With a hard drive and business and multimedia apps, the LifeDrive boldly updates the idea of the PDA in a device that's strong . . . and a bit clumsy.
A few Internet ages ago when iPods were new, I bought a 20GB model, the biggest one Apple then offered. I filled it with data and files from my various computers and, every time I had a system crash, it saved the day. And, of course, it played all of my favorite songs (and still does to this day).
That's exactly the kind of mobile power that palmOne is trying to provide with its new LifeDrive, which sports a built-in hard drive and both PDA and multimedia capabilities. This is a much more revolutionary device than we've come to expect from palmOne, which lately has stuck to relatively simple evolutionary changes in its Tungsten line of PDAs. The company deserves a lot of credit for this attempt to re-define the PDA and LifeDrive will, indeed, appeal to many users.
Still, at times, LifeDrive seems clumsy because it's trying to do too many things for too many people. It's not, for example, as simple and easy to use as a consumer device like the iPod. And in making LifeDrive a jack of all trades, palmOne made design and physical heft compromises. Plus, at $499, the price is hefty, meaning that if you only need a PDA, music player or external hard drive, you'd be better off going with the individual devices.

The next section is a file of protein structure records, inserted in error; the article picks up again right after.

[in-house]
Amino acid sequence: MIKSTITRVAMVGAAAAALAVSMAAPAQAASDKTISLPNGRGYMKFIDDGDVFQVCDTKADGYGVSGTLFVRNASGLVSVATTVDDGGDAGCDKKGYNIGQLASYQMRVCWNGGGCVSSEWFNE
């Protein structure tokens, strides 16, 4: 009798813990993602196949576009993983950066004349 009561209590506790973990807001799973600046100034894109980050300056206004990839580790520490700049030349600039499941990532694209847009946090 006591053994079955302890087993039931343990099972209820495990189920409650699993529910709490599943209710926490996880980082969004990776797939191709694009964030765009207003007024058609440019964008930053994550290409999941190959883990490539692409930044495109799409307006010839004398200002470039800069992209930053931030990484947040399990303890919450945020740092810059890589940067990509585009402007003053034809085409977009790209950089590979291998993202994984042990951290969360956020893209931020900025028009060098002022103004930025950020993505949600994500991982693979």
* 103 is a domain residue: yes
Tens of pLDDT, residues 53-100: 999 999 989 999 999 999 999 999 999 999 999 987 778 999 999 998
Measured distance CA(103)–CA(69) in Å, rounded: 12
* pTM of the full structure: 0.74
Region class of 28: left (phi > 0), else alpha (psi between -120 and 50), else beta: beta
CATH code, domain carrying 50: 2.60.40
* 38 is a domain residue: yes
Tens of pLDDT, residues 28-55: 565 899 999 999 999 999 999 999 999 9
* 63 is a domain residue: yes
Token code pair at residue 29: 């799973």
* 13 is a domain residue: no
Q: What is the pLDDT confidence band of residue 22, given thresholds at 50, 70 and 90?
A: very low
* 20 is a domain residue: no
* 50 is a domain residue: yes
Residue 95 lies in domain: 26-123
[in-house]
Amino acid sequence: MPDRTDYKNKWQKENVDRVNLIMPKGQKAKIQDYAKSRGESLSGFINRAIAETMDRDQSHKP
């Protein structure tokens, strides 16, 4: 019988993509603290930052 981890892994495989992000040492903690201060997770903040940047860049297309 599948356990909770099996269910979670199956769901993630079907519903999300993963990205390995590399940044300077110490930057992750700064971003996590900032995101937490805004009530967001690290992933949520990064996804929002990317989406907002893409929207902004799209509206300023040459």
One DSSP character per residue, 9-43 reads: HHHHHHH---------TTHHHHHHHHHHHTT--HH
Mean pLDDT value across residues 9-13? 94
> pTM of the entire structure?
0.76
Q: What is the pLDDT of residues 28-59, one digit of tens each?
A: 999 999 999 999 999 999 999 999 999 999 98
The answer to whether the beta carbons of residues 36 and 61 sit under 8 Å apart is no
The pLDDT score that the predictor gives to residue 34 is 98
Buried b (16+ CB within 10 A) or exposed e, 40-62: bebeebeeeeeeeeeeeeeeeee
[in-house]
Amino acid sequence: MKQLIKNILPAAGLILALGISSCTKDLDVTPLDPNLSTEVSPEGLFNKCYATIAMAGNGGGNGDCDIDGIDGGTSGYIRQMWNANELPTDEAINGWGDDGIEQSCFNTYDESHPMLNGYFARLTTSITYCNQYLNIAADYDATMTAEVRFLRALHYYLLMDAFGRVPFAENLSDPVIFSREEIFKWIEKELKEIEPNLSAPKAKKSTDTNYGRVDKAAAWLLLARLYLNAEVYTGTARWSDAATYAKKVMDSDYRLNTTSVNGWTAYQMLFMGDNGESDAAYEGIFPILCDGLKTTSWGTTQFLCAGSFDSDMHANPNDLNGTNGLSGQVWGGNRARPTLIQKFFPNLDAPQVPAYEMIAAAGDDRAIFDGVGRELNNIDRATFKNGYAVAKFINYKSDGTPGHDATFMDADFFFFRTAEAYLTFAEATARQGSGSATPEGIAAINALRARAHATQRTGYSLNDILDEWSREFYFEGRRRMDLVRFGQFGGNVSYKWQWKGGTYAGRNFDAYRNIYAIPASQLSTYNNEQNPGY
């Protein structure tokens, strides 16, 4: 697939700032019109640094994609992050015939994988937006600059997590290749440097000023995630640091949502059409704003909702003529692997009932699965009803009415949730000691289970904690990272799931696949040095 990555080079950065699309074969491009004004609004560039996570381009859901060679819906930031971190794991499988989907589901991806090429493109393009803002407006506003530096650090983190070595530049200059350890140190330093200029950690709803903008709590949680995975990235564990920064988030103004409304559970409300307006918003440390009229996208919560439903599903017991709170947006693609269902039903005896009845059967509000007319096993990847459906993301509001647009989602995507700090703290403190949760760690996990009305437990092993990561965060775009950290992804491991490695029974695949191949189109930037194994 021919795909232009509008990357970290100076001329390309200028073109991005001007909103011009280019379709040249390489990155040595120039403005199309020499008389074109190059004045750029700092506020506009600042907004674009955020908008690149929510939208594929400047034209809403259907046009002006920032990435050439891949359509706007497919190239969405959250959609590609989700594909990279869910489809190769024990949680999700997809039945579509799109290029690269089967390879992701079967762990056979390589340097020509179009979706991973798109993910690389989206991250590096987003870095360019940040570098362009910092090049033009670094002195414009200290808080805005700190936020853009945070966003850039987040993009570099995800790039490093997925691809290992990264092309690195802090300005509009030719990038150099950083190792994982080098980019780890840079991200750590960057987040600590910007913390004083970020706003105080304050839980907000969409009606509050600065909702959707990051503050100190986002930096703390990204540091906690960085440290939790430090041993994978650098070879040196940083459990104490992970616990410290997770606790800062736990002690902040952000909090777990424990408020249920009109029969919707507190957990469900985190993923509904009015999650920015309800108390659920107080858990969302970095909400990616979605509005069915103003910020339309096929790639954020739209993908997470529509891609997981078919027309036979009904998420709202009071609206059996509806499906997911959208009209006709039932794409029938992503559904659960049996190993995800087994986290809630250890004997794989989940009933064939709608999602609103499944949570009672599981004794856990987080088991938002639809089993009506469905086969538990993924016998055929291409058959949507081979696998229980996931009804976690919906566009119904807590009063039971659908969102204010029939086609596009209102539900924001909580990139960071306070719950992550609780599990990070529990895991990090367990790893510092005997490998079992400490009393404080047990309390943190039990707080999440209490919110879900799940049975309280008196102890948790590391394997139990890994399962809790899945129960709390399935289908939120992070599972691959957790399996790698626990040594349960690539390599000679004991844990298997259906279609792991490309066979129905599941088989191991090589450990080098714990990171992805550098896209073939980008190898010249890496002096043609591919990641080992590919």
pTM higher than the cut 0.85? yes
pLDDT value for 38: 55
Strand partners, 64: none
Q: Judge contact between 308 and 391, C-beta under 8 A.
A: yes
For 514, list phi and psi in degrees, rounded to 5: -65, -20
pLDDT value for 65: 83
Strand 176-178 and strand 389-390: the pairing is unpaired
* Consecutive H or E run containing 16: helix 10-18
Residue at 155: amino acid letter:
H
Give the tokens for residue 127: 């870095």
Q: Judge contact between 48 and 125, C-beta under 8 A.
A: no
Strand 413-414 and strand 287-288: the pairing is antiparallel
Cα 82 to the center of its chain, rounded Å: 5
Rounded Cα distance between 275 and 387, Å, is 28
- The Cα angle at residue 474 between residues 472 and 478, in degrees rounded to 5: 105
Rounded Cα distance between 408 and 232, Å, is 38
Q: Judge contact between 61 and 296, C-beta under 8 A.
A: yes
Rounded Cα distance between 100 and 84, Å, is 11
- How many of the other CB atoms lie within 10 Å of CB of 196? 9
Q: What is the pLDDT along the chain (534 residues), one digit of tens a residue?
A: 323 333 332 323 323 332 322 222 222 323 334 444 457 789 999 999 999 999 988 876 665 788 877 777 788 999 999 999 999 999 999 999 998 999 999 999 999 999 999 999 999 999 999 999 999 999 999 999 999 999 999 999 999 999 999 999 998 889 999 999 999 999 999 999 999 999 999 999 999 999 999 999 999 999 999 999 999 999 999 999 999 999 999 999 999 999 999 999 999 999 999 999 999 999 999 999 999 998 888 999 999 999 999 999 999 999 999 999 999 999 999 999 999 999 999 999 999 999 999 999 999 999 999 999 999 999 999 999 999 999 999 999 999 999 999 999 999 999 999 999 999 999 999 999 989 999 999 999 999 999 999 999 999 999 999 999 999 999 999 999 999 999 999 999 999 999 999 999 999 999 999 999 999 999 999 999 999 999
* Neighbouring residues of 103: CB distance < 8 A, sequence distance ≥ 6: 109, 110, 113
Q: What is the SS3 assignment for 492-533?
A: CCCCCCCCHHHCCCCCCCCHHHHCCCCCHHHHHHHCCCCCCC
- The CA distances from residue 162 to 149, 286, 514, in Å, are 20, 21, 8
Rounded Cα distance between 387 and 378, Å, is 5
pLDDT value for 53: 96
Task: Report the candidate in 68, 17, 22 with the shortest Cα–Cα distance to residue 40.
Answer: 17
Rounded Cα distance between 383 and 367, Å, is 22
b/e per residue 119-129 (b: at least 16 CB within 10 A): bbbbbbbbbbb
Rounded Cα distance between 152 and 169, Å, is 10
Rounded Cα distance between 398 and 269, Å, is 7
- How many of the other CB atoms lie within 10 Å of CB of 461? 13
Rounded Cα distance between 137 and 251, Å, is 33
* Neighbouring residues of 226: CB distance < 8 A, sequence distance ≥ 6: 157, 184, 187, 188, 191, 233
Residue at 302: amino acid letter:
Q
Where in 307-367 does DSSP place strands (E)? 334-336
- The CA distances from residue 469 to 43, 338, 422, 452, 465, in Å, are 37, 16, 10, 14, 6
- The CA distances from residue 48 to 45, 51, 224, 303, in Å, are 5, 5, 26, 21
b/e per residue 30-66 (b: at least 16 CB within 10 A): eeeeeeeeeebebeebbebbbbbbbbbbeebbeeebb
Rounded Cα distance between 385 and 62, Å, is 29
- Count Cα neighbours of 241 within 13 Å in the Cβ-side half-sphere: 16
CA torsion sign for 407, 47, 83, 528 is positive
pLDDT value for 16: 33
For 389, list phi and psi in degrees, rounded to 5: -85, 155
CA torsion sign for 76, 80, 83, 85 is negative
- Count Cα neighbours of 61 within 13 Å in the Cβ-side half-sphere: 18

But its features do hit the target market of corporate executives, the digital elite, and anyone who needs a full-featured device in a small form-factor. And, if nothing else, it's a significant and fascinating first step toward a new type of mobile device.
5 Top Federal Initiatives For 2015As InformationWeek Government readers were busy firming up their fiscal year 2015 budgets, we asked them to rate more than 30 IT initiatives in terms of importance and current leadership focus. No surprise, among more than 30 options, security is No. 1. After that, things get less predictable.